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The NSA and EFF Agree on One Thing: How the NSA's Internet Spying Works

October 7, 2015

Much has changed in the nearly ten years since we launched our first lawsuit challenging the NSA’s illegal surveillance of millions of Americans’ Internet communications. Over time, the defendants in the cases have changed; the legal “authority” the government has invoked to justify the program has changed; and the public’s knowledge and understanding of the programs has increased remarkably.

But, nearly a decade in, one thing has stayed remarkably constant: the relevant facts. The NSA, with the help of the nation’s largest telecommunications firms, like AT&T, has tapped the nation’s Internet backbone, searching and sifting through vast amounts of innocent Americans’ Internet communications.

This was true when we filed our first lawsuit challenging the NSA’s programs in 2006, and it’s still true today. And, as new NSA slides published in August by Pro Publica and the New York Times confirm, even in 2006, we were remarkably accurate in our description of how the NSA’s program operates.

In fact, we even got the diagrams right.

Below is an image of a diagram we filed in 2006 in our case, Hepting v. AT&Tour first case challenging NSA surveillance. The diagram, created by our expert J. Scott Marcus, charts the operation of the surveillance installations at an AT&T facility in San Francisco. The declaration and diagram were based on information provided to us by whistleblower Mark Klein. We've subsequently relied on this declaration in our ongoing case, Jewel v. NSA, too.

Marcus Graphic

A graphic depicting NSA Internet surveillance, originally created and used in Hepting v. AT&T

As the diagram shows, the NSA’s Internet surveillance program operates at key junctures along the “common [Internet] backbone,” the high-capacity fiber optic cables connecting large portions of the domestic Internet infrastructure. The diagram shows splitters, installed at these junctures, that copy and divert AT&T’s “peering traffic”1 to a secure room containing technology—a packet sniffing device and other routers—for searching and sifting the traffic. The traffic is then sent, through a secure line, to a “central analysis facility.”

Now, compare our decade-old diagram with the newly released, internal NSA dataflow diagram showing how one of the NSA’s Internet content surveillance programs operates. The similarities are remarkable. 

NSA upstream graphic

An internal NSA graphic depicting NSA Internet surveillance

The first box, in the top left of the diagram, describes NSA’s “Access-Partner Processing.” The “partner” providing access here, as reported by the NY Times and Pro Publica, is AT&T. At the “Saguaro Access Points,” splitters copy and divert traffic — traffic from AT&T's “peering partners" on its path to the “Common Back Bone”— to a series of routers where the traffic is sorted and searched. Following some initial filtering, the traffic is then sent to a central “Site Processing” facility—the PINECONE SCIF. (A “SCIF,” which stands for Sensitive Compartmented Information Facility, is a secure location used to process classified information). The diagram then goes on to describe further processing and storage of the traffic within NSA’s facilities.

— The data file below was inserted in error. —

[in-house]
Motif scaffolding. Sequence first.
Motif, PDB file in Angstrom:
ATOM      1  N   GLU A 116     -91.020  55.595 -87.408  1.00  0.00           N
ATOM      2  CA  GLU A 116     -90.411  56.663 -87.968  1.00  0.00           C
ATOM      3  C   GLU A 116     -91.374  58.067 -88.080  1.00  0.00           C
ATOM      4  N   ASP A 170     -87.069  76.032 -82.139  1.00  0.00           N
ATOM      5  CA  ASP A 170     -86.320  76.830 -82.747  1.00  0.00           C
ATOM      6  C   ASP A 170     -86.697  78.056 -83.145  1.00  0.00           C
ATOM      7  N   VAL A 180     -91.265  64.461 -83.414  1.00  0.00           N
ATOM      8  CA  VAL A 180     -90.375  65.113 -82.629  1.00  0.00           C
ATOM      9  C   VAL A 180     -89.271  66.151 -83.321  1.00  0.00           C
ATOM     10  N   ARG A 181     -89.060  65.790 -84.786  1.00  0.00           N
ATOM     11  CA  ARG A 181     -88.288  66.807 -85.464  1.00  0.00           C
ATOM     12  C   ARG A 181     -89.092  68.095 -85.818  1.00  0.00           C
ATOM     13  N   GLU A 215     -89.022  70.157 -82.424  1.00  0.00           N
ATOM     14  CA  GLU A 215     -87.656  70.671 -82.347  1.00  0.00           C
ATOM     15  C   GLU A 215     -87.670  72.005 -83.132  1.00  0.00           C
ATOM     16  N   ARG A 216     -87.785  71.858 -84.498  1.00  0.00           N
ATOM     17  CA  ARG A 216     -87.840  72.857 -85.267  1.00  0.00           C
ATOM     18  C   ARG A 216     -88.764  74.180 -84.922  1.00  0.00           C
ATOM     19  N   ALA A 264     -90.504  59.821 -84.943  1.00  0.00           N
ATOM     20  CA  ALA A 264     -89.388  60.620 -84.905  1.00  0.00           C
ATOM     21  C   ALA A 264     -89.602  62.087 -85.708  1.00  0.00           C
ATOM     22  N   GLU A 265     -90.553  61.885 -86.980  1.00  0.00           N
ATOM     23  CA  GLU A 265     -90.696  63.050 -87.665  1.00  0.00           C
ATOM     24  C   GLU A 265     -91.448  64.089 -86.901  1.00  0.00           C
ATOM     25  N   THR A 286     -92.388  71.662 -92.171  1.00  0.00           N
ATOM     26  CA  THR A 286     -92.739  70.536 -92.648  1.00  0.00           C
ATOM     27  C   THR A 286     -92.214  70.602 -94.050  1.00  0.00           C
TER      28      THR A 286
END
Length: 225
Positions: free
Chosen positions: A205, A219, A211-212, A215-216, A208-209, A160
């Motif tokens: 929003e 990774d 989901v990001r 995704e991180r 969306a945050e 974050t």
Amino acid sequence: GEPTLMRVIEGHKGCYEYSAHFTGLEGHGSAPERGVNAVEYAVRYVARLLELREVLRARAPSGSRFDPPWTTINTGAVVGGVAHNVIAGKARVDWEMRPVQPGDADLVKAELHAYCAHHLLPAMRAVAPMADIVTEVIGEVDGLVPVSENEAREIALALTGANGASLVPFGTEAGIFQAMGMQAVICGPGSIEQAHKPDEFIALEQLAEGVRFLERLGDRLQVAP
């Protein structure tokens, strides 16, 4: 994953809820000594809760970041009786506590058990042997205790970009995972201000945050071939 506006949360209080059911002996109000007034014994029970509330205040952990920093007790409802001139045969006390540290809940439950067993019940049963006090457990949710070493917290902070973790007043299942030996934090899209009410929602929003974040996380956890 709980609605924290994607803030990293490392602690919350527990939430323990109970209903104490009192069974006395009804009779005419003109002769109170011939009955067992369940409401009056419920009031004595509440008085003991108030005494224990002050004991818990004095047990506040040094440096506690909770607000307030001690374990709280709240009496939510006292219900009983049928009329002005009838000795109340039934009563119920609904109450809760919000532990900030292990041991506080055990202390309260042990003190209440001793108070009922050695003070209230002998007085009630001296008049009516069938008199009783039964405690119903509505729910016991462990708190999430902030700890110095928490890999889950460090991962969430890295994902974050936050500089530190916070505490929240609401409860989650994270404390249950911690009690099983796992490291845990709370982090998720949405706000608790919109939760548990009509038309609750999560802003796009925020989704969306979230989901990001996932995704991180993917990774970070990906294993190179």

Compared side-by-side, both diagrams show: (1) AT&T's peering traffic; (2) copied by splitters; (3) on its path to the common backbone, which enables (4) initial, on-site searching and analysis of that traffic; and (5) the transmission of that traffic to a central processing facility for further analysis.

The relevant portions of the two graphics, side-by-side. To highlight the similarities between the two diagrams, we rotated and inverted our original graphic and cropped the relevant portion of the NSA's graphic.

Those facts form the foundation of our ongoing lawsuit, Jewel v. NSA, challenging the constitutionality of the NSA’s domestic surveillance program. We distilled those critical facts, in slightly different terms, in yet another graphic we submitted to the court last year:

Despite the overriding similarity between our factual allegations—public now for nearly a decade—and the government’s own description of the NSA’s surveillance program, the government continues to insist that the details of the NSA’s operation remain a state secret. Based on those claims, a judge dismissed Jewel earlier this year.

But there are limits to the government’s ability to play ostrich—to stick its head in the ground and pretend like the world does not already know that AT&T is facilitating its Internet surveillance program. As one Court of Appeals recently put it, the courts should not “give their imprimatur to a fiction of deniability that no reasonable person would regard as plausible. There comes a point where . . . Courts should not be ignorant as judges of what [they] know as men and women."

We are at that point with AT&T and the NSA’s upstream surveillance program. It’s time for the government to come clean about its collaboration with AT&T, and it’s time for the public, adversarial courts to decide the constitutionality of the NSA’s surveillance program. We appealed the district court’s dismissal of our case, and we’re hopeful the court of appeals will agree with us.

  • 1. “Peering” refers to the process where two (or more) providers agree to accept and exchange traffic for their respective customers. So, for example, the location where AT&T’s traffic is exchanged with Sprint’s traffic is called a “peering link,” and AT&T and Sprint, in this example, are “peering partners.”
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